Come summertime every year, the costumes, dances, parades and hordes of smiling folks-from Albuquerque to Zurich-are the celebrated signs of our global Pride rituals.
While there may be as many definitions of Pride as there are celebrants, few would disagree that the term closely relates to how much we’ve overcome and how far we’ve progressed, both as individuals and communities.
For a sober minority, though, Pride is a time to ponder how much farther we still must go. For fewer still, Pride is the key moment to lament, to admit how badly we’ve failed to build a truly inclusive and accepting community.
Orville Lloyd Douglas stands firmly in that smallest of camps.
His first book, You Don’t Know Me (Tsar $17), gathers together 58 free verse poems that seethe with rage, and expose readers to the sorts of awful experiences that lead the poet to one sad conclusion, best encapsulated in his poem “Worse”: “There is nothing worse in this world than to be black and gay/It’s a maximum security prison sentence of unhappiness and/shame it is a century of pain.”
As titles like “Unhappiness Now,” “Uncompromising Pain,” “Before You Commit Suicide” and “The Trail of Blood Stops Here” testify, the world Douglas depicts is inhabited by men and women ravaged or destroyed by profoundly entrenched homophobia and racism.
In Douglas’ view, gay culture, with its objectification of black men (see the poem “Big Black Cock” for clarification), is no exception to that broader national truth. Overall, the sentiments of You Don’t Know Me-fueled by a potent mixture of fury and disappointment-are illustrative of a man alienated from society (that is, mainstream white, black and gay cultures) and angry because of it.
Many of the experiences-whether something as simple as walking down a city street or as complex as having an affair with a married white guy-lead the poem’s anguished speaker to arrive at an inescapable conclusion: despite the impressive claims of Canadian multiculturalism or the dazzling colours of the rainbow flag, racism and homophobia are as corrosive as ever.
Douglas is not so much a poet who agonizes for years polishing a poem into a precious and delicate gem of language, as one using verse as a vehicle for venting raw emotion and making searing accusations.
Born in Ontario in the late 1970s to Jamaican immigrants in Toronto and a recent graduate of York University, he says that growing up was hard, and that his adulthood is not enviable: “I am serious; I wouldn’t wish anyone to be in my shoes.”
Writing, however, allowed him to focus his thought and find solace in a literary community. “I started writing poetry when I was around the age of 20; actually I was a very late bloomer. I just wrote poems to myself in my diary.
“I’ve been inspired by the Harlem Renaissance writers of the 1920s,” he continues. “These writers were all gay and black; this is what I find so fascinating and interesting.”
Looking over his semi-autobiographical volume, Douglas can chart the course of his own development and experiences: “I definitely see an evolution; the beginning of the book is just plain straight rage and frustration.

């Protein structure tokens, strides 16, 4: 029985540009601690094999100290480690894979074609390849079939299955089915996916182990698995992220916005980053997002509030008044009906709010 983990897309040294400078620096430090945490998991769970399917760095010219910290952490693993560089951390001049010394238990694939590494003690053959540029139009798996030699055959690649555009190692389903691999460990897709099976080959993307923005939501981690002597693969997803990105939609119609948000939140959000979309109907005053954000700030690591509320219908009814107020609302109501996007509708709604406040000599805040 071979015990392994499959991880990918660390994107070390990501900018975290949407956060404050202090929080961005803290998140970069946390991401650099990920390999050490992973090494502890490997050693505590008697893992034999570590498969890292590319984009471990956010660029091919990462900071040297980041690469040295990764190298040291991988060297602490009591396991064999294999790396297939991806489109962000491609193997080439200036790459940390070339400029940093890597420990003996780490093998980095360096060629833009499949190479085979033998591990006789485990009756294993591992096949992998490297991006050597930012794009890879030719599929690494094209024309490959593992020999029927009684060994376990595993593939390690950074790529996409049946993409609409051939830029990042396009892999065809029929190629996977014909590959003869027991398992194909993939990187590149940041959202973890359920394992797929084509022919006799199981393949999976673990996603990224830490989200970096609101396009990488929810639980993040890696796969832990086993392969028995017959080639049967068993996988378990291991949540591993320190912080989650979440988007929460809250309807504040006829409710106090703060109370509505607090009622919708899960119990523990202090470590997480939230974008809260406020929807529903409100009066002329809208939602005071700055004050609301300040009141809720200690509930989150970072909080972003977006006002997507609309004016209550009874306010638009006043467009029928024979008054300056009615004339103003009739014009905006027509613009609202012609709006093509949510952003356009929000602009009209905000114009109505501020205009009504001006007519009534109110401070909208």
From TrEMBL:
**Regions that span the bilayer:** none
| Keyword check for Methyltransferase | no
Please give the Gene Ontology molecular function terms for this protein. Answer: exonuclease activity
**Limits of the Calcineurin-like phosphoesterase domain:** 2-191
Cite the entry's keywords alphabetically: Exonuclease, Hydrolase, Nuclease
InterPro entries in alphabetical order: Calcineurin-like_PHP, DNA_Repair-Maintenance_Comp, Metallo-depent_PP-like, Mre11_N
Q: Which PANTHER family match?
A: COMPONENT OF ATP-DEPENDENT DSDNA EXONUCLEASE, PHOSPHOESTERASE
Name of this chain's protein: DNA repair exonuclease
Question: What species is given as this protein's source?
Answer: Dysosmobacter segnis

“I will be honest: I had a lot of anger to get out of my system. But then as the poems progress you see different layers of my life, and me recognizing I can’t just blame everyone for my life. Yes, there is racism, but I also understand I have to take responsibility for my actions as well.”
For Douglas, writing is an action that can usher in change. And his everyday experiences in Brampton confirm that he’d welcome change of all sorts: “I hate being invisible. I can’t be more blunt than that. I hate shows like Queer as Folk because I do not like gay black men being treated as sex objects.
“I don’t like Six Feet Under on HBO because the show is not written from a black gay male point of view,” he adds. “Queer culture, lesbian and gay, is all white. Look at the queer movies, books, magazines: there is still not enough representation of black gays and lesbians.
“This is my challenge, my battle,” he continues. “The reason I decided to get this book published was to give a black gay male point of view to the world. I also realize that as a gay black man I have to take action. This is the reason I started to get published professionally-because I realize only I can make social change.”
With memoir and novel manuscripts now completed, Douglas aims to use his art to make the world habitable for everyone: “I would like to live in a world where there is simply more. More representation of black gay people and queers of colour in books, television, movies. Less stereotyping of us.
“I also believe people need to take the politically correct bullshit about Canada being ‘accepting’ and dump that in the trash can. Canadians regardless of race and sexual orientation need to get more real. If we don’t, then we are doomed.”
“I believe it is imperative and crucial now that our voices be heard through art. Art has the power to capture the world’s imagination, and also draw young people in and obtain their interest.”